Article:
About the Project
This project is one of the 2010 WISE Awards winners.
The Mother Child Education Program (MOCEP) is a 25-week-long, home-based, low-cost training program for children from five to six years of age who do not have access to preschool education services, and their mothers.
The program targets both the mother and the child, with educational outcomes geared towards both groups. It enriches children cognitively, in order to boost school readiness and optimal psychosocial development, and trains mothers, creating sustainable nurturing and healthy home environments. Studies have found that, with MOCEP, children are better prepared for school, show lower drop-out rates and achieve consequent success in education, all resulting in better life chances than their peers. Its impact has also been proven on mothers as they report better relations with children and spouses as a result of positive parenting, and improved communication skills and self-esteem, all resulting in the empowerment of women as individuals and mothers.
MOCEP has proved innovative in developing a low-cost, effective, home-based program for young children with new training materials and methodology. As such, it formed the basis for the government’s family education program. It has also inspired the use of new media, such as distance learning via TV, and the development of new models of family education at ACEV, such as the Father Support program.
Context and Issue
Young children from low socio-economic backgrounds often do not have access to quality preschool education. They begin their first year of primary school at a level significantly below their luckier peers who have had ample stimulation, having benefited from center-based preschool services. The former are also exposed to risk factors such as poverty, political or armed tension, and parents with low education levels, which further hinder their developmental opportunities.
There is strong scientific evidence that the early years (up to the age of six) are the most formative, with rapid cognitive, social, emotional and motor skill development. Hence, proper care and stimulation in this period has life-changing consequences, especially for children from underprivileged backgrounds, as early education has the power to break the cycle of intergenerational poverty. Since parents play an important role as “first educators” of their children, it is also crucial to empower them so they can improve the immediate developmental environment of their children.
The Solution and Impact
The principle behind MOCEP is that early childhood education is crucial for children’s future prospects of a healthy, happy, successful life in school and beyond and that mothers especially play a critical role in the early years of their children and need to be empowered with child-rearing skills and information to be able to better support the healthy development of their children.
Through MOCEP, ACEV alone has trained over 1,000 adult education teachers and reached over 400,000 children and mothers through face-to-face training in Turkey. Further numbers of beneficiaries have been reached in Turkey via implementations conducted by the State. MOCEP has also reached over 5,000 mothers and children outside Turkey through ACEV’s partnerships. Results of quantitative and qualitative analyses of MOCEP implementations in Turkey and abroad proved that the program has been successful in empowering the mother and preparing the child for primary school and beyond, as well as improving intrafamilial relationships as a whole.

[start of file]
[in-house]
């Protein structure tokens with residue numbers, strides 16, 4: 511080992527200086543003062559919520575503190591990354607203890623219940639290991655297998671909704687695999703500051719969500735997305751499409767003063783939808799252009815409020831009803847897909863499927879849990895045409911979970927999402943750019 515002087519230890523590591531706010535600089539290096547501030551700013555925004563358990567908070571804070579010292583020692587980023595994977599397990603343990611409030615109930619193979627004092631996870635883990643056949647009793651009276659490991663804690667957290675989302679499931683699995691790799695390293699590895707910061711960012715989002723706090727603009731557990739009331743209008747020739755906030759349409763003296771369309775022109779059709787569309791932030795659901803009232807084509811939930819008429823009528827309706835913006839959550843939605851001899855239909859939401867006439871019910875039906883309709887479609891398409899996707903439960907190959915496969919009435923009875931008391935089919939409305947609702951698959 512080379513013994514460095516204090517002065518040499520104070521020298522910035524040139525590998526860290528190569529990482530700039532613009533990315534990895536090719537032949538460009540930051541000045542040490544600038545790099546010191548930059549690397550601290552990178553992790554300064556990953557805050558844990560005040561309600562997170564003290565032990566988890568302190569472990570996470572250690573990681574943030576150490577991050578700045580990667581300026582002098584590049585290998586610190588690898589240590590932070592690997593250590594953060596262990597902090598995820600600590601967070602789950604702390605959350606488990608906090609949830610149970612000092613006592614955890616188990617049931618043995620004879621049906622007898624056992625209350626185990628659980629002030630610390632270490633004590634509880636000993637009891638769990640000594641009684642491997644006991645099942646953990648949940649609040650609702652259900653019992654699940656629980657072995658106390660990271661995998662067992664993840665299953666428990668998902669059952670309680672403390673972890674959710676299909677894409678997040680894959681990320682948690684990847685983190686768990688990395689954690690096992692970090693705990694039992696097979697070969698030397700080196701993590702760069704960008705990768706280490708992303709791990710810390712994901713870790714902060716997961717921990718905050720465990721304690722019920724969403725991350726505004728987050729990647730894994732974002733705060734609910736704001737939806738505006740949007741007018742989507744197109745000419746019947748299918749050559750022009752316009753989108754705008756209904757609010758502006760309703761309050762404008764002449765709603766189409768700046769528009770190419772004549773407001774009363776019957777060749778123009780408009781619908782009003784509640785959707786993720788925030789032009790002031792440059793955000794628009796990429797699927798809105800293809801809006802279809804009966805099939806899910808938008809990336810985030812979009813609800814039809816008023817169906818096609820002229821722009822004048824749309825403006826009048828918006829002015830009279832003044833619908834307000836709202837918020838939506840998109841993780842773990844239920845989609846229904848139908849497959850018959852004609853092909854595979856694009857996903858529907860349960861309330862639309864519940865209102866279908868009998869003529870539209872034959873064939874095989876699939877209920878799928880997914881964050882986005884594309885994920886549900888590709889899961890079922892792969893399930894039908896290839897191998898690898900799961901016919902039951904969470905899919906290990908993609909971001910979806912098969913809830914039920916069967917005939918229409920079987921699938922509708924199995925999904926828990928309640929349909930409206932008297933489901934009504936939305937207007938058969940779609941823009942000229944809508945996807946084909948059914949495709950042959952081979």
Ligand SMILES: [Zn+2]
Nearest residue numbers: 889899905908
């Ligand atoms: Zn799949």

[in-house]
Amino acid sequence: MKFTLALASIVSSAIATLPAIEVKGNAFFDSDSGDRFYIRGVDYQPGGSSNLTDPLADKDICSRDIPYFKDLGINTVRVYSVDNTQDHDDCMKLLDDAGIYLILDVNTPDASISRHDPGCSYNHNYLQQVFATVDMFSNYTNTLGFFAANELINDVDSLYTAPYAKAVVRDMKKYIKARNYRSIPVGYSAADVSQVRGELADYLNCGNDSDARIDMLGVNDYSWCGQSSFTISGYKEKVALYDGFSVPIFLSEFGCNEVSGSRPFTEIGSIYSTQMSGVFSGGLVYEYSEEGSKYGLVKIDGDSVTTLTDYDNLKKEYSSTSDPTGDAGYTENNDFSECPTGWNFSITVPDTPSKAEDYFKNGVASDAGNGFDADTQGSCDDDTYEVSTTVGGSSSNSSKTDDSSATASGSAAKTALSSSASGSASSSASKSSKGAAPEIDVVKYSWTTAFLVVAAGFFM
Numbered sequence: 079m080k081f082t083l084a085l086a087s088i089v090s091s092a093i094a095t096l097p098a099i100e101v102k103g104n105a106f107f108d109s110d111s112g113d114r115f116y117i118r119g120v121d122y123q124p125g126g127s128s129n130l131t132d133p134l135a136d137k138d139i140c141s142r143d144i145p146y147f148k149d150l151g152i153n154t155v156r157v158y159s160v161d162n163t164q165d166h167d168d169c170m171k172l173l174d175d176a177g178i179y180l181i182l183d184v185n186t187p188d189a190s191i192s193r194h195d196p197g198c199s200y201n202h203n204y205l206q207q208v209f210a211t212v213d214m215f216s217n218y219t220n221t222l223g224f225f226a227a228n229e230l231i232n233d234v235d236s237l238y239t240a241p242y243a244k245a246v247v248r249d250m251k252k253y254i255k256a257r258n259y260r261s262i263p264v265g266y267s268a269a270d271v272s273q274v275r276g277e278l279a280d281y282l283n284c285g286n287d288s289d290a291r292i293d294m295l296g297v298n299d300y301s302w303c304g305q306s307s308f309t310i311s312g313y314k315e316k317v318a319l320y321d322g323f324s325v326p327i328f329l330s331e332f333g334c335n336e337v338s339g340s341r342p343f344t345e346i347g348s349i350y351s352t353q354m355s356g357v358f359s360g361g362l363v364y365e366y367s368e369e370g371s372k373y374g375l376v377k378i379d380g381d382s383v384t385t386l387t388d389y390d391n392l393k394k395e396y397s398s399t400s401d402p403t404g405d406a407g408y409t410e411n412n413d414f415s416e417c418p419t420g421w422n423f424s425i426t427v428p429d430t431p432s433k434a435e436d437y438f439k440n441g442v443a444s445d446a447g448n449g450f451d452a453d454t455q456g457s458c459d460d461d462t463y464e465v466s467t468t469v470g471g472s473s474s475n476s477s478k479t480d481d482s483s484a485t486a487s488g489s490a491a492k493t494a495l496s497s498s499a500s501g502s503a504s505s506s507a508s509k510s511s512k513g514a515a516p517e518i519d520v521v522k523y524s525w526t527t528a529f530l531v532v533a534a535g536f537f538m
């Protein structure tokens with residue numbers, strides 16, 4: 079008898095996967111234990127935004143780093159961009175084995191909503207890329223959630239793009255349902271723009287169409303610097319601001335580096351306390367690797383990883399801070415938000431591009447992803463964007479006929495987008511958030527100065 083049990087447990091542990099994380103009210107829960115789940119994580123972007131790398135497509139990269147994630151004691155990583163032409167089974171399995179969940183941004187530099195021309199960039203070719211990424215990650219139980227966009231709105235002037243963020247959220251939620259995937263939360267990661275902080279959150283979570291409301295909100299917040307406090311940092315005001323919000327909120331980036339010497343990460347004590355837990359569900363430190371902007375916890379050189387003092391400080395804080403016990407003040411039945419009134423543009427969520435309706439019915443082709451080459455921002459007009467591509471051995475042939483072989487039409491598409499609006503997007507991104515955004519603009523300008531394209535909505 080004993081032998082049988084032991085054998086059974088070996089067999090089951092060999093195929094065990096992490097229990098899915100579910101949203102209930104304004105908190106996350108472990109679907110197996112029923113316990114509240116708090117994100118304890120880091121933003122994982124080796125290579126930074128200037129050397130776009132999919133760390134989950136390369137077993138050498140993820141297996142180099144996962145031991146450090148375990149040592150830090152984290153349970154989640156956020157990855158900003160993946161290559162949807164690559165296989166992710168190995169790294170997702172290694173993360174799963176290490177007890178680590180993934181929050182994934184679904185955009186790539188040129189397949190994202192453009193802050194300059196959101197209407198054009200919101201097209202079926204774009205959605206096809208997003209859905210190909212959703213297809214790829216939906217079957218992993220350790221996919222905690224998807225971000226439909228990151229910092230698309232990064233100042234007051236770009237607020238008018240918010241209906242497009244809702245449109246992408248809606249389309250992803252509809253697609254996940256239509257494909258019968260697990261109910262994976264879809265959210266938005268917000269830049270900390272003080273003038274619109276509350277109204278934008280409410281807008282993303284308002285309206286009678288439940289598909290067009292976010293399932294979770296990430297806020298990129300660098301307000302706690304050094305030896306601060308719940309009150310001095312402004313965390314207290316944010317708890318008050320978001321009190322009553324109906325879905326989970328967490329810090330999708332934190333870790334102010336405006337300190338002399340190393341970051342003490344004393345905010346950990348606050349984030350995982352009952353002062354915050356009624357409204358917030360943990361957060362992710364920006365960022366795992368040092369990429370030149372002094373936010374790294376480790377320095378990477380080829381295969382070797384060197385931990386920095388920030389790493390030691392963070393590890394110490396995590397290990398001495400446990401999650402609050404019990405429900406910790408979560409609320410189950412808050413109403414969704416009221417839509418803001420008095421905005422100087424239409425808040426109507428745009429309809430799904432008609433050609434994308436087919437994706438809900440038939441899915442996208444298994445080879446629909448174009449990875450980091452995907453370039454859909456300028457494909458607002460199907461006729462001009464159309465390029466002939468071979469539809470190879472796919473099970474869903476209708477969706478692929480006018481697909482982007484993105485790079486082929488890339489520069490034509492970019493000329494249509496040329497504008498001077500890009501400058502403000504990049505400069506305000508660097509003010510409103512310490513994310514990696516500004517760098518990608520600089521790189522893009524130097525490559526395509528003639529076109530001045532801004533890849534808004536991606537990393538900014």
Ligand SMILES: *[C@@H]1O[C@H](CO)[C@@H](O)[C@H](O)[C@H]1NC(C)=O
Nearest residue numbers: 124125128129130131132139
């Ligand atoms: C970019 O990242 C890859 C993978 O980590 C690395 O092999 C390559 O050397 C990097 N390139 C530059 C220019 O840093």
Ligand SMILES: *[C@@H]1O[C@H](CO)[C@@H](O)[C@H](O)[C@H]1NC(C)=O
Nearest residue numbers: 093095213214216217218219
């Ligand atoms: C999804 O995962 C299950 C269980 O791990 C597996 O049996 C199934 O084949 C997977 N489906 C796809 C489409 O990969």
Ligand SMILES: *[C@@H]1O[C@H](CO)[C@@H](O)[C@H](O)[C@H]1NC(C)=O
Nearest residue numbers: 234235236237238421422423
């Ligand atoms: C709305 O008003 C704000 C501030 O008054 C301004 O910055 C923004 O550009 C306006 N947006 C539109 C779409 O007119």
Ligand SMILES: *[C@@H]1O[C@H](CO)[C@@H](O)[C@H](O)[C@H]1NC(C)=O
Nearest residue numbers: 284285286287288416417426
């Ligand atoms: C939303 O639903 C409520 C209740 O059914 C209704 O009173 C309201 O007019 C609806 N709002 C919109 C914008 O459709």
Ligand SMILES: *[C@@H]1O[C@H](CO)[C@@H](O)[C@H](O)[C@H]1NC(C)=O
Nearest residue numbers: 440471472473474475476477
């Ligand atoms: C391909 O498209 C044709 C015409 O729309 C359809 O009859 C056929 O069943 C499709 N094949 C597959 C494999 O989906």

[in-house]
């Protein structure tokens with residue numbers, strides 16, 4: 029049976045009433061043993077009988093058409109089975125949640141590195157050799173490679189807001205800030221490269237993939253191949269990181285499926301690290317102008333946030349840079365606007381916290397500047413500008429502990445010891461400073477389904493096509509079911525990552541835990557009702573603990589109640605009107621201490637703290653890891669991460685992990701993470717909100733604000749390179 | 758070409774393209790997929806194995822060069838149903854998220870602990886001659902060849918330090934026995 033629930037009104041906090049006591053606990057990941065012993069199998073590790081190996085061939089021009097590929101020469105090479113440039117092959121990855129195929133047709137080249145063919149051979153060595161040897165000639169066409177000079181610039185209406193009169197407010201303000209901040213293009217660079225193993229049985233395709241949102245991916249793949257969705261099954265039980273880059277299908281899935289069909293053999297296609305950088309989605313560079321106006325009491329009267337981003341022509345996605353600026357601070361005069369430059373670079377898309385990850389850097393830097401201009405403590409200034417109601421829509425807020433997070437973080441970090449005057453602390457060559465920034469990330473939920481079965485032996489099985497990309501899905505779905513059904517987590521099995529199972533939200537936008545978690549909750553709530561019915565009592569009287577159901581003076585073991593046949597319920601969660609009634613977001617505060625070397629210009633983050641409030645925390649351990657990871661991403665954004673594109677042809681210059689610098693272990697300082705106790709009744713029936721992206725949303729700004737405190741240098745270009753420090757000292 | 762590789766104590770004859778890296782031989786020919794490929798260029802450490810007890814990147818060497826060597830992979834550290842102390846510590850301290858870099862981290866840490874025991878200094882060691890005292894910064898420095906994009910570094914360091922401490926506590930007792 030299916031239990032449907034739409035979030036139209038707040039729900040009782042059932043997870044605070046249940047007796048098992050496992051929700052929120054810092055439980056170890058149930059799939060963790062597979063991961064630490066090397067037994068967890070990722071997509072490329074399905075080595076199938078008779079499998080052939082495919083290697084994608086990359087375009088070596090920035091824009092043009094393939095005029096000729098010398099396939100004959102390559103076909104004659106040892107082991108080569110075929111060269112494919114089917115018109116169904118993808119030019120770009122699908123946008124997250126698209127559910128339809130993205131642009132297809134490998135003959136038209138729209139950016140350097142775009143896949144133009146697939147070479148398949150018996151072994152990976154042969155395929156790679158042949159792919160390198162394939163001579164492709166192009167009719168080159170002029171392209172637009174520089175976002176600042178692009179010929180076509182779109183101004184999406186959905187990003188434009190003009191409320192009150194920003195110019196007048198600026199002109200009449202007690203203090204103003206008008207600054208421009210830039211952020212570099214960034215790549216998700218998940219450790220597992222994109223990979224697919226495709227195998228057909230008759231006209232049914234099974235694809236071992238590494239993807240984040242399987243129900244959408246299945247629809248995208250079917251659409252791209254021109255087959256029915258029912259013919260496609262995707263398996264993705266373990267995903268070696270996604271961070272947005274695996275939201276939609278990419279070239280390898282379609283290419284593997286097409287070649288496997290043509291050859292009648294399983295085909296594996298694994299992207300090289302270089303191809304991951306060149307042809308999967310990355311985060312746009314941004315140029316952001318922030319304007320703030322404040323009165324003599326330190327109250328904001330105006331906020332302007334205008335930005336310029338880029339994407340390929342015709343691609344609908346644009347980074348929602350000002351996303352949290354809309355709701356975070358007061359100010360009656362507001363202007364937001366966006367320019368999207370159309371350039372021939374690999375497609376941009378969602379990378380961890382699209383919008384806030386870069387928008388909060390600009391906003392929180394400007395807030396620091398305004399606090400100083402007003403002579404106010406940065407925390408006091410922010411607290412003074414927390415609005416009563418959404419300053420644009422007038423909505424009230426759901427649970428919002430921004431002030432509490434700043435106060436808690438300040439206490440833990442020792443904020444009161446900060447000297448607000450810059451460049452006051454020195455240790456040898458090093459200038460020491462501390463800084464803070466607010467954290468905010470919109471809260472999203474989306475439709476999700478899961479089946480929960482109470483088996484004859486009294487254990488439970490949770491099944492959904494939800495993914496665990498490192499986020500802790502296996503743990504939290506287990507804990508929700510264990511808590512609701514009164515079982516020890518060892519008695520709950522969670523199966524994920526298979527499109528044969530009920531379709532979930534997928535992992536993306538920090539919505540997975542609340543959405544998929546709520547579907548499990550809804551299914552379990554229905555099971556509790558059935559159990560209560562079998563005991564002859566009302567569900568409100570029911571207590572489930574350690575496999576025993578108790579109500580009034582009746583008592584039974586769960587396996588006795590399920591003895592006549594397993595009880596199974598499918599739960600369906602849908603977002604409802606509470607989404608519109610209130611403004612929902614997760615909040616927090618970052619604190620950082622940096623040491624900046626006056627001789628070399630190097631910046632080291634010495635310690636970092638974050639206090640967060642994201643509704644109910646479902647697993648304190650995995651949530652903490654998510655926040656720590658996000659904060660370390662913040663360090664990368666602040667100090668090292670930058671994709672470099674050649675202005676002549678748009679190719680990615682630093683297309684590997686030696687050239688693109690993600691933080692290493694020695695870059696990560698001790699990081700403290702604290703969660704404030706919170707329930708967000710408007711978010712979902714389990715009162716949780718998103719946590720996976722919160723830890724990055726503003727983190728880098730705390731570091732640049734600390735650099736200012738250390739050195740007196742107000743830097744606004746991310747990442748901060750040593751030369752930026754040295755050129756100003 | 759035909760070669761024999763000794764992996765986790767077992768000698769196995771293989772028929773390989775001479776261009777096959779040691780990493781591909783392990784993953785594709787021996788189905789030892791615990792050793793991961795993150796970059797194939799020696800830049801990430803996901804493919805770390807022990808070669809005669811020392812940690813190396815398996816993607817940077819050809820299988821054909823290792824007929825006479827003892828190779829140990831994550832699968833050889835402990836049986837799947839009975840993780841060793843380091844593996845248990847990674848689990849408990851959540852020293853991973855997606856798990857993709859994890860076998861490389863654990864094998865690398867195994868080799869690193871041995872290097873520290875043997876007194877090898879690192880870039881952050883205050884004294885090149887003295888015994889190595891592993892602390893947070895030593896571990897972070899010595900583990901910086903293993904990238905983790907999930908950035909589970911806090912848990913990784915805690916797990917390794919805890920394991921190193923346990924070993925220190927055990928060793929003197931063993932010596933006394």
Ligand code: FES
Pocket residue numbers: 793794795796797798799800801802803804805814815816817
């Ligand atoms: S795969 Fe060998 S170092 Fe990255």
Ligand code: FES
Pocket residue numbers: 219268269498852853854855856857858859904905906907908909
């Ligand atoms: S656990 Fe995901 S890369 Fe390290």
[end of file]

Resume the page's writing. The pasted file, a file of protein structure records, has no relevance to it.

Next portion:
MOCEP has been institutionalized as a state-run family program and has thus been transferred to the Turkish Ministry of Education to be expanded throughout Turkey. In addition, MOCEP has been translated and replicated by NGOs working with families in 12 European, Middle Eastern and Latin American countries, namely Bahrain, Belgium, France, Germany, Jordan, Lebanon, Mexico, the Netherlands, Saudi Arabia, Switzerland, the Turkish Republic of Northern Cyprus, and the United Kingdom. Currently, NGOs in Palestine and Brazil are actively seeking funds to translate and implement MOCEP in their countries.
Early Childhood Education is an important tool to promote peace and avoid violent behavior through the provision of democratic values and skills that enhance communication. One of MOCEP’s next steps is to expand its programs for victims of conflict as external funds become available. It will continue to share the story of MOCEP with academics, practitioners, policy makers and philanthropists as there is continued interest by worldwide experts in understanding, analyzing and transferring the program for further global expansion. For example, MOCEP continues to run in Palestinian refugee camps in Lebanon and an evaluation of its impact will be conducted by Yale University academics in 2014.
MOCEP will continue to partner with global networks of philanthropists, academics, practitioners and policy makers. Generating funds will be critical in conducting these initiatives.